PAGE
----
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What's Cropping Up? A NEWSLETTER FOR NEW YORK FIELD CROPS & SOILS

Field-Scale Studies Show Significant Year X Location X Seeding Depth Interactions for Plant Populations and Corn Yields Bill Cox, School of Integrative Plant Science, Soil and Crop Sciences Section, Cornell University

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t is generally recognized that the 2.0 planting depth is optimum for corn stand establishment and yield. Too shallow a planting depth (<1.5 inches) may result in drying out of the seed, if extended dry conditions occur before and after planting (especially in tilled seed beds), and increased lodging because of poor brace root development. Too deep a planting depth may delay emergence under cool soil conditions (especially in heavy clay soils), leading to increased pest incidence, soil crusting, and potentially poor stands. We conducted field-scale (10 to 20 acres) studies in 2013 and 2014 with growers in Cayuga, Livingston, Orleans, and Seneca County to evaluate early plant populations and yield of corn planted at 1.0, 1.5, 2.0, and 2.5 inch depths. Planting dates differed across locations and growing seasons (May 14 and June 1 at Cayuga Co.; May 6 and May 29 at Livingston Co.; May 14 in both years at Orleans Co.; and May 7 and June 2 at Seneca Co. in 2013 and 2014, respectively). Because wet conditions delayed corn planting in2014, growers at three locations had to shorten the maturity of their hybrids (P0533X at four sites in 2013; but P0216 at Orleans Co.; DKC50-84 at Seneca Co.; and P9690 at Cayuga Co. and Livingston Co. in 2014). Seeding rates also differed across locations (~38,000 kernels/acre in 2013 and 32,000 kernels/acre in 2014 at Cayuga Co.; ~37,000 kernels/acre at Livingston Co. in both years; ~34,000 kernels/acre at Orleans Co. in both years, and ~33,000 kernels/acre at Seneca Co.in both years). Silt loam soils predominated at the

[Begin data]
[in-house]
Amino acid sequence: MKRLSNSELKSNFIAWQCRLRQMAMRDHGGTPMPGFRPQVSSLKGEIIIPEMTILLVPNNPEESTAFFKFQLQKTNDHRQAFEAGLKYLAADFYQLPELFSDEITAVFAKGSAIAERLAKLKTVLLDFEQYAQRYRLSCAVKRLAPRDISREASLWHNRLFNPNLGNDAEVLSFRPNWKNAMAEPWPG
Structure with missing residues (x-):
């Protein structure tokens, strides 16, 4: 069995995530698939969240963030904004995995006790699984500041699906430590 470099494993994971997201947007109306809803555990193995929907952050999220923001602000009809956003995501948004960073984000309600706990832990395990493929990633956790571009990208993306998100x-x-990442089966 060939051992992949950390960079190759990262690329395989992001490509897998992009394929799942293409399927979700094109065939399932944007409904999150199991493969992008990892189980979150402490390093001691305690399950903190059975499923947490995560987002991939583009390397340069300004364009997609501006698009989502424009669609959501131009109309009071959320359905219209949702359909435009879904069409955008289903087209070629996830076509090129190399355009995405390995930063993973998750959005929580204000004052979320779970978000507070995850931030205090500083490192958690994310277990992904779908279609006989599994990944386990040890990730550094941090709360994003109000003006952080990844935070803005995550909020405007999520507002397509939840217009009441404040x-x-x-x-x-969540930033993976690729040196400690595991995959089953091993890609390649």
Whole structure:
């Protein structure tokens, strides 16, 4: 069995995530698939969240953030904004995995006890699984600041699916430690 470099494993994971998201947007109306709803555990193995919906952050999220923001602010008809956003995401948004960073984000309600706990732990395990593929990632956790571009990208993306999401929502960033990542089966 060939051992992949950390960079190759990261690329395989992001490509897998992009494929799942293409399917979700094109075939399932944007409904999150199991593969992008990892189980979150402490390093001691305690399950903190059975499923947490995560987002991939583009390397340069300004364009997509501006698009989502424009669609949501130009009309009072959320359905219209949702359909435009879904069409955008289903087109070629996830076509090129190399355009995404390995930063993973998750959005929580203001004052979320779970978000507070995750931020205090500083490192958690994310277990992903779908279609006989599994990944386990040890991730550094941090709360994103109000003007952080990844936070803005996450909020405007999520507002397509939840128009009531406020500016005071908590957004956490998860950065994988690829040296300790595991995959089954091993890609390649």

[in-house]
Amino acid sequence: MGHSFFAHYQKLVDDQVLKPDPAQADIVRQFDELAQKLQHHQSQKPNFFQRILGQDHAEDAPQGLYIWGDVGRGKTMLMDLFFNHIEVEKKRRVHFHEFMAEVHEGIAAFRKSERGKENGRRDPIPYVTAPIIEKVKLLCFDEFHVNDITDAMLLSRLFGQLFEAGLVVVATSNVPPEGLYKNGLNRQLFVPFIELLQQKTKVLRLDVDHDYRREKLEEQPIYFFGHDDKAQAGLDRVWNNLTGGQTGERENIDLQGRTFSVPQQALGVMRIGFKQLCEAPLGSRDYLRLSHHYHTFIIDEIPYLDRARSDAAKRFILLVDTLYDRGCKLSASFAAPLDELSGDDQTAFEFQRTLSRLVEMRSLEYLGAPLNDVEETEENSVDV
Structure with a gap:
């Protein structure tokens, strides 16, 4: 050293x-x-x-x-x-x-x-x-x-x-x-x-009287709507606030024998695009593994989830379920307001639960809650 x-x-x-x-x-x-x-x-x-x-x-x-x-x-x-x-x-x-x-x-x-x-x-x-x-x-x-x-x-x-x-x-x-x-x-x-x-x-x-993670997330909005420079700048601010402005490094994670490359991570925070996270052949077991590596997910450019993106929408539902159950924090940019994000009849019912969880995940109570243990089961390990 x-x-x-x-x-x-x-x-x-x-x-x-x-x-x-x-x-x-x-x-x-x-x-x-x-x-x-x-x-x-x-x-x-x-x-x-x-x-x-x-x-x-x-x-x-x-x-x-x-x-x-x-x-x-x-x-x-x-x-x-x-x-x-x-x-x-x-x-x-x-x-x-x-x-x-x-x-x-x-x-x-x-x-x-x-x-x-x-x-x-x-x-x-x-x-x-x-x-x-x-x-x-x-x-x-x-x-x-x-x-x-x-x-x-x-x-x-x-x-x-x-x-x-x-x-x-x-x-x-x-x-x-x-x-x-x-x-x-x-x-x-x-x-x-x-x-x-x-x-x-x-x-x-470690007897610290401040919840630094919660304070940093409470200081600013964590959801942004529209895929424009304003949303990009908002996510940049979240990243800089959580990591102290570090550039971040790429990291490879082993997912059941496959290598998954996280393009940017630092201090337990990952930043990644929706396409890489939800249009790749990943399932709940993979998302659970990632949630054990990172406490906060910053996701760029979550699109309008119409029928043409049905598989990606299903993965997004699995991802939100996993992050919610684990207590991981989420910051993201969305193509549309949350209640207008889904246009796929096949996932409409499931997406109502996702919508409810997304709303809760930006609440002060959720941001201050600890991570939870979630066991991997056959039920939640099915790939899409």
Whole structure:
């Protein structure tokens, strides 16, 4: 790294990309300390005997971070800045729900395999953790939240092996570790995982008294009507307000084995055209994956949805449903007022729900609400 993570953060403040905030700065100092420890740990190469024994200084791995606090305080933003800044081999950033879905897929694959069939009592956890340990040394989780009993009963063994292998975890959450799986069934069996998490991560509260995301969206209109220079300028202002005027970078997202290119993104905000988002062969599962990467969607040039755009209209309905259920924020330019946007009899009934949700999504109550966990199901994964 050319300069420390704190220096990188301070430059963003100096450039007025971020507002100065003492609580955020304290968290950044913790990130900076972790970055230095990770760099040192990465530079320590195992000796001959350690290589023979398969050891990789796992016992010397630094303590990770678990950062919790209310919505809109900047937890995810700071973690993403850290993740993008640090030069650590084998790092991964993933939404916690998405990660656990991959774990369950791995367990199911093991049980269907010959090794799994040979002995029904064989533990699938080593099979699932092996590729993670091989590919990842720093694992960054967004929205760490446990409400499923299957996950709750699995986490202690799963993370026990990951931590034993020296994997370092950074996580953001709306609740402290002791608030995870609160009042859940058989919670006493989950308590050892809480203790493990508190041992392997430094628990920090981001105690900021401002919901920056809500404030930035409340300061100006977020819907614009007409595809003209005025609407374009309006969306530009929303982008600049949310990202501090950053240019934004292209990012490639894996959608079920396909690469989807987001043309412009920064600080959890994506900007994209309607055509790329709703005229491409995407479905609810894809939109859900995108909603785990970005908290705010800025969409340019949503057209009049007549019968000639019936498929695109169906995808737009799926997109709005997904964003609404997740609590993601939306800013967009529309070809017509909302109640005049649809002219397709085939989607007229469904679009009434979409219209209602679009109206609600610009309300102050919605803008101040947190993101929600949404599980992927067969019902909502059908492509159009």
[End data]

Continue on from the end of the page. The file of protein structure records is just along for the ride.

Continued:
VOLUME 25, NUMBER 1 Jan./Feb. 2015

Cayuga Co. site, clay loam soils at the Livingston Co. and Orleans Co. sites, and silty clay loam soils at the Seneca Co. site. The Cayuga Co. site (20-inch rows) was chisel-tilled, the Livingston Co. site (30-inch rows) was moldboard- plowed, the Orleans Co, site (30-inch rows) was disk-tilled, and the Seneca Co. site (15-inch rows) was no-tilled. Soybean was the preceding crop at all locations in 2013 and at Cayuga and Seneca Co. sites in 2014, but corn was the preceding crop at Livingston (same field) and Orleans Co. in 2014. Corn plant populations responded to seeding depths at all locations in both years but the optimum depth varied across locations and years, including across years within locations (Table 1). Likewise, corn yields responded to seeding depths at all locations in both years (except for Cayuga Co. in 2013), but as with populations, the optimum depth varied across locations and years, including across years within locations (Table 2). Plant populations did not have a year x seeding depth interaction at Cayuga County and showed quadratic responses to seeding depths in both years with maximum populations at the 1.5 to 2.0 inch seeding depths (Table 1). Yield, however, did show a year x seeding depth interaction. Yield did not show linear Crop Management

Field Scale Studies Show Significant Year X Location X Seeding Depth Interactions for Plant Populations and Corn Yields ........................................................... 1-3 Planting a Full-Season Hybrid at the ~1.5 to 2.0 Inch Depth from ~May 15 to ~May 20 Resulted in Maximum Yield (but Higher Grain Moisture) on a Silt Loam Soil in the Finger Lakes Region ...................................................... 5-7

Nutrient Management

Stalk Nitrate Test Results for New York Corn Fields from 2007 through 2014 .................................................................... 4 Farmers with Diverse Nitrogen Management Practices Find Value in the Adapt-N Tool in Iowa .................. 8-10


What's Cropping Up? Volume 25, Number 1 - January/February